Original Article | Open Access
Chantel C Barney, Linda E Krach, Patrick F Rivard, John L Belew, Frank J Symons, "Motor Function Predicts Parent-Reported Musculoskeletal Pain in Children with Cerebral Palsy", Pain Research and Management, vol. 18, Article ID 813867, 5 pages, 2013. https://doi.org/10.1155/2013/813867
Motor Function Predicts Parent-Reported Musculoskeletal Pain in Children with Cerebral Palsy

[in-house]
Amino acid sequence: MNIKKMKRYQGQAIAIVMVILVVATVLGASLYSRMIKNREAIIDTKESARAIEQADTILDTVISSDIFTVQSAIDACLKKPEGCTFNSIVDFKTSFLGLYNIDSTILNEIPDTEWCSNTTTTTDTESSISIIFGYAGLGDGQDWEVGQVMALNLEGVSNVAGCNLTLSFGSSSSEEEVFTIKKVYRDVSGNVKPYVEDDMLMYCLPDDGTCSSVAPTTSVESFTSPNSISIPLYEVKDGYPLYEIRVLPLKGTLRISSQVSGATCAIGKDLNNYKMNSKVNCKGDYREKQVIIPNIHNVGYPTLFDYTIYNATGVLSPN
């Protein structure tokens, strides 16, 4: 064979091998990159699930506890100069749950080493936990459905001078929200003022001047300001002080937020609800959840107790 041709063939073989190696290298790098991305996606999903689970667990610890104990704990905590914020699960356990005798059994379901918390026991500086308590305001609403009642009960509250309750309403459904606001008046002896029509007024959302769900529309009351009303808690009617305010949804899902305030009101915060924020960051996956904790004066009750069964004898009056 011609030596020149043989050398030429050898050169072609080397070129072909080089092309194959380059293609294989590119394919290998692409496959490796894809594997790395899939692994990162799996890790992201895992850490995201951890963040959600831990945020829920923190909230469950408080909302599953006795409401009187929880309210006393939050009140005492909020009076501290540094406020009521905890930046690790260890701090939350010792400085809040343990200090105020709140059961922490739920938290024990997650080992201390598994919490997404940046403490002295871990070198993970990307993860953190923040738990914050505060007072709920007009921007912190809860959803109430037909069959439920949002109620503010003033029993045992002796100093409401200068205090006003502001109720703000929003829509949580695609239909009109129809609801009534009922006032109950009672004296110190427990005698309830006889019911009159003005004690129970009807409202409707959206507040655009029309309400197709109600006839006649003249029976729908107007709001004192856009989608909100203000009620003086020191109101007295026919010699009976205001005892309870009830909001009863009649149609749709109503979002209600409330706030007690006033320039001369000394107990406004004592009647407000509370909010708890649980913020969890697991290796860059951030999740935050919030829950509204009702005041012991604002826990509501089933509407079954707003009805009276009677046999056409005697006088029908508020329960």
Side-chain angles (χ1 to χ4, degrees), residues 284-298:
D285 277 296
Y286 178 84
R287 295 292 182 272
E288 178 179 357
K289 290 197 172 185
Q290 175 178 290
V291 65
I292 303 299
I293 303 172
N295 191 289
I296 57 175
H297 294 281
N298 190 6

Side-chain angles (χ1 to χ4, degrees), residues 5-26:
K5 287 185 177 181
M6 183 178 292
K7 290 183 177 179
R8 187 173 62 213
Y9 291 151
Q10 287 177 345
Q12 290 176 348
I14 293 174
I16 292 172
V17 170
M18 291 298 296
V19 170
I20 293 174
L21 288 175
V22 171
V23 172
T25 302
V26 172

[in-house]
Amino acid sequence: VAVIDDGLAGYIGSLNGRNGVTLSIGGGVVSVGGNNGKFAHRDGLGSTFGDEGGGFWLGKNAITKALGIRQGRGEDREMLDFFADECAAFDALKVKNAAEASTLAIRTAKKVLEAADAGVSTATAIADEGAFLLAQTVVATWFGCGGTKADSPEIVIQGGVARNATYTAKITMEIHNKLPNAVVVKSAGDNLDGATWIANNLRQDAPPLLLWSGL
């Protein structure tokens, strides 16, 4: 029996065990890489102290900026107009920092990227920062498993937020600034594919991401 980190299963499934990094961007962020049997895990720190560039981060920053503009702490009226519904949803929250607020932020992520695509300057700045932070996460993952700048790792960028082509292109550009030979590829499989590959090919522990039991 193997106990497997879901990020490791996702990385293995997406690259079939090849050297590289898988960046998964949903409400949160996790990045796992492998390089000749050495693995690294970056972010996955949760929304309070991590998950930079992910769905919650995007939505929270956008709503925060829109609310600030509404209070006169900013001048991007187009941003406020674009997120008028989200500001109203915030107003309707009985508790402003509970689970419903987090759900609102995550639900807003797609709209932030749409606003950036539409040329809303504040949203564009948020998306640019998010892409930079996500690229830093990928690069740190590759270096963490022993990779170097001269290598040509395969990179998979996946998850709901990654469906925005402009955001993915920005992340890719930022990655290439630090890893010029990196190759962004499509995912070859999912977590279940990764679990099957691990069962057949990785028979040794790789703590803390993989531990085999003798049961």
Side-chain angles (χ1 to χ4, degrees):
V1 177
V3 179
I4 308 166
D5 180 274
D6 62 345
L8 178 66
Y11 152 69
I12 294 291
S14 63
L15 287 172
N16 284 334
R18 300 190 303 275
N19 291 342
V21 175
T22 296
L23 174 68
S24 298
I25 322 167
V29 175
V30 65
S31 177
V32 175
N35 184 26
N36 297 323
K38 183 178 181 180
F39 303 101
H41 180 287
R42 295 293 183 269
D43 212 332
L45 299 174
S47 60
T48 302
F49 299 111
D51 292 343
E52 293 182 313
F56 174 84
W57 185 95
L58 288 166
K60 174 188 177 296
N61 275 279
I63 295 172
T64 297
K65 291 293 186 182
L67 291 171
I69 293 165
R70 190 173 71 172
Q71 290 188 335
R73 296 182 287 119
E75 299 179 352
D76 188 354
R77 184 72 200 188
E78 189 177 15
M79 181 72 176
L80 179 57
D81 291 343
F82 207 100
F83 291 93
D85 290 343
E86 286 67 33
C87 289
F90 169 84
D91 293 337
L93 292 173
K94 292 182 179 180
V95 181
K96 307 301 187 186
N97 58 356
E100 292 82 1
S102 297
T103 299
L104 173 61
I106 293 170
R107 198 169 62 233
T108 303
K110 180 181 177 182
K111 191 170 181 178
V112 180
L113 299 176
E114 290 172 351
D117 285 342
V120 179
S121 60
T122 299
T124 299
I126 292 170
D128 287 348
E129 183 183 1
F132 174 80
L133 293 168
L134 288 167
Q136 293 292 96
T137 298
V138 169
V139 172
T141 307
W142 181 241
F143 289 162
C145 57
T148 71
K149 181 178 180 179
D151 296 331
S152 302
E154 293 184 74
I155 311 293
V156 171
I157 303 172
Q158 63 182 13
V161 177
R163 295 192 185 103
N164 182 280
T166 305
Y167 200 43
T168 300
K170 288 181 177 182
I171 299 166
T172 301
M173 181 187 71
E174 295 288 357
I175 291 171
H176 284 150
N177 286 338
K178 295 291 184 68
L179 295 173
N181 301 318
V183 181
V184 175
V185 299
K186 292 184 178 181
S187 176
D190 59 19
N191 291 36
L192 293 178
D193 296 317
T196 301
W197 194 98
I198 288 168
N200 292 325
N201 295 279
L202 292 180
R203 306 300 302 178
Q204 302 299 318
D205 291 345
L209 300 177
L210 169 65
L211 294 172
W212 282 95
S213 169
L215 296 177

BACKGROUND: The relationship between pain and motor function is not well understood, especially for children and adolescents with communication and motor impairments associated with cerebral palsy (CP).OBJECTIVES: To determine whether a predictive relationship between motor function and musculoskeletal pain exists in children with CP.METHODS: Following informed consent, caregivers of 34 pediatric patients with CP (mean [± SD] age 9.37±4.49 years; 80.0% male) completed pain- and function-related measures. Parents completed the Dalhousie Pain Interview and the Brief Pain Inventory based on a one-week recall to determine whether pain had been experienced in the past week, its general description, possible cause, duration, frequency, intensity and interference with daily function. The Gross Motor Function Classification System (GMFCS) was used to classify the motor involvement of the child based on their functional ability and their need for assistive devices for mobility.RESULTS: GMFCS level significantly predicted parent-reported musculoskeletal pain frequency (P<0.02), duration (P=0.05) and intensity (P<0.01). Duration of pain was significantly related to interference with activities of daily living (P<0.05).CONCLUSIONS: Children with CP with greater motor involvement, as indexed by GMFCS level, may be at risk for increased pain (intensity, frequency and duration) that interfers with activities of daily living. The clinical index of suspicion should be raised accordingly when evaluating children with developmental disability who cannot self-report reliably.
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